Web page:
At 61 years old, I’m moth eaten enough to remember not just John F. Kennedy’s assassination, but his election to the presidency. Which means that since a tender age I’ve been subjected to more than a half century of the fanfaronade, buffoonery, and deceit that every four years makes this great republic look like a cross between Animal House and The Manchurian Candidate as the hoi polloi, exercising their sacred constitutional right to vote, decide who will be the most powerful person in the world.
Death is a bummer, yes, but mostly for those who are alive.
I remember, for instance, Lyndon Johnson’s infamous Daisy ad, which, with powerful graphics all but assured Americans that we’d be nuked by the Bolsheviks if we elected his GOP opponent, Barry Goldwater, as president.
About 12 years later, I howled with laughter along with a bunch of other Florida Gators in a local Ratskeller when the thirty-eighth president of the United States, Gerald R. Ford Jr., declared during a presidential debate that “there is no Soviet domination of Eastern Europe”—in 1976!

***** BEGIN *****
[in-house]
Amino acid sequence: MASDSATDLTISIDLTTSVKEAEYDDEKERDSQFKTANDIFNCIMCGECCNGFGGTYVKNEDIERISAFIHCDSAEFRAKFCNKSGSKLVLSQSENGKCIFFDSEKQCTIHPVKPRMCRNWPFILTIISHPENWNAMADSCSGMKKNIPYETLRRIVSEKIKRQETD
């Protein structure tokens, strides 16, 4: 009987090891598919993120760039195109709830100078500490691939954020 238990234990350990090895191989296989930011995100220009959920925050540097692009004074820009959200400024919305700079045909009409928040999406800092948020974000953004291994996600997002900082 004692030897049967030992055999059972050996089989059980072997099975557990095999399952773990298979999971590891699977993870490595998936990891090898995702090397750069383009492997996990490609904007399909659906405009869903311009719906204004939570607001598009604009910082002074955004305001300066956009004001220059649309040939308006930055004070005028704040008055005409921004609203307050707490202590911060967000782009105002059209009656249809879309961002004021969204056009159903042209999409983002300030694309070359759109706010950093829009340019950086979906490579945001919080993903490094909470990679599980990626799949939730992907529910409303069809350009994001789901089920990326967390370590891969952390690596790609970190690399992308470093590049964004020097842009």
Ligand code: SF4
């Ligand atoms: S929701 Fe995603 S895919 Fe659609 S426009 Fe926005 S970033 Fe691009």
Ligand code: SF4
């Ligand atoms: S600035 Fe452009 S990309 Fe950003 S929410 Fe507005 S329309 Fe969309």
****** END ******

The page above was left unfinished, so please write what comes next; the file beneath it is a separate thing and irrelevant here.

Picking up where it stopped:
And who can forget Michael Dukakis’ MI-A-I battle tank ride into electoral oblivion, Al Gore’s (2000) invention of the Internet, and the Howard Dean Scream of 2004?
Nothing, though, compared to the shtick we endured during the 2016 presidential campaign. Even I—someone whose mitochondria can get overclocked by presidential politics—just wanted it over.
Amid the hoopla over Hillary Clinton’s e-mails and Donald Trumps’ tax returns, however, you might have missed the candidacy of Zoltan Istvan, who traveled around the country in a vehicle shaped like a coffin, dubbed the “Immortality Bus.” In the mother of all campaign promises (one that made Bernie Sander’s desire for universal health care seem trite) candidate Istvan declared that if elected president, he would allocate funds for science and technology to help us “overcome death.”